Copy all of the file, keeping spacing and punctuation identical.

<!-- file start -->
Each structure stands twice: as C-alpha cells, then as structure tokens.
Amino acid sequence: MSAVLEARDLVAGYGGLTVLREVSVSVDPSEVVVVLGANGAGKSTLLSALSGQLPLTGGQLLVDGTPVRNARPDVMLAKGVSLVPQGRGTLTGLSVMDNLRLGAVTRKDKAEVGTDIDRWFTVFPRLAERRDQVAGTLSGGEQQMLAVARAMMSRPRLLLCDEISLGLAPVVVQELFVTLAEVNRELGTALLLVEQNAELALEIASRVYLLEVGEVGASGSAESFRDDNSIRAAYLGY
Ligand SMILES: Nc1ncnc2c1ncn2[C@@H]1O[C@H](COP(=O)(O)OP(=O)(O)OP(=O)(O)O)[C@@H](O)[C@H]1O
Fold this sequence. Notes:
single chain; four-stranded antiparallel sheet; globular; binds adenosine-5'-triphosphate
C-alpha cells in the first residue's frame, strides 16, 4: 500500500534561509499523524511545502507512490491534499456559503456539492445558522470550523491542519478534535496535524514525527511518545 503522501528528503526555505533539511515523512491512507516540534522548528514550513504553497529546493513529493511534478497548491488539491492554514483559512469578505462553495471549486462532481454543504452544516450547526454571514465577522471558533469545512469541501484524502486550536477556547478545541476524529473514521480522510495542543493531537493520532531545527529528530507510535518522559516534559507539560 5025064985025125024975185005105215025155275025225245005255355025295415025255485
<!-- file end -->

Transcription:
Each structure stands twice: as C-alpha cells, then as structure tokens.
Amino acid sequence: MSAVLEARDLVAGYGGLTVLREVSVSVDPSEVVVVLGANGAGKSTLLSALSGQLPLTGGQLLVDGTPVRNARPDVMLAKGVSLVPQGRGTLTGLSVMDNLRLGAVTRKDKAEVGTDIDRWFTVFPRLAERRDQVAGTLSGGEQQMLAVARAMMSRPRLLLCDEISLGLAPVVVQELFVTLAEVNRELGTALLLVEQNAELALEIASRVYLLEVGEVGASGSAESFRDDNSIRAAYLGY
Ligand SMILES: Nc1ncnc2c1ncn2[C@@H]1O[C@H](COP(=O)(O)OP(=O)(O)OP(=O)(O)O)[C@@H](O)[C@H]1O
Fold this sequence. Notes:
single chain; four-stranded antiparallel sheet; globular; binds adenosine-5'-triphosphate
C-alpha cells in the first residue's frame, strides 16, 4: 500500500534561509499523524511545502507512490491534499456559503456539492445558522470550523491542519478534535496535524514525527511518545 503522501528528503526555505533539511515523512491512507516540534522548528514550513504553497529546493513529493511534478497548491488539491492554514483559512469578505462553495471549486462532481454543504452544516450547526454571514465577522471558533469545512469541501484524502486550536477556547478545541476524529473514521480522510495542543493531537493520532531545527529528530507510535518522559516534559507539560 5025064985025125024975185005105215025155275025225245005255355025295415025255485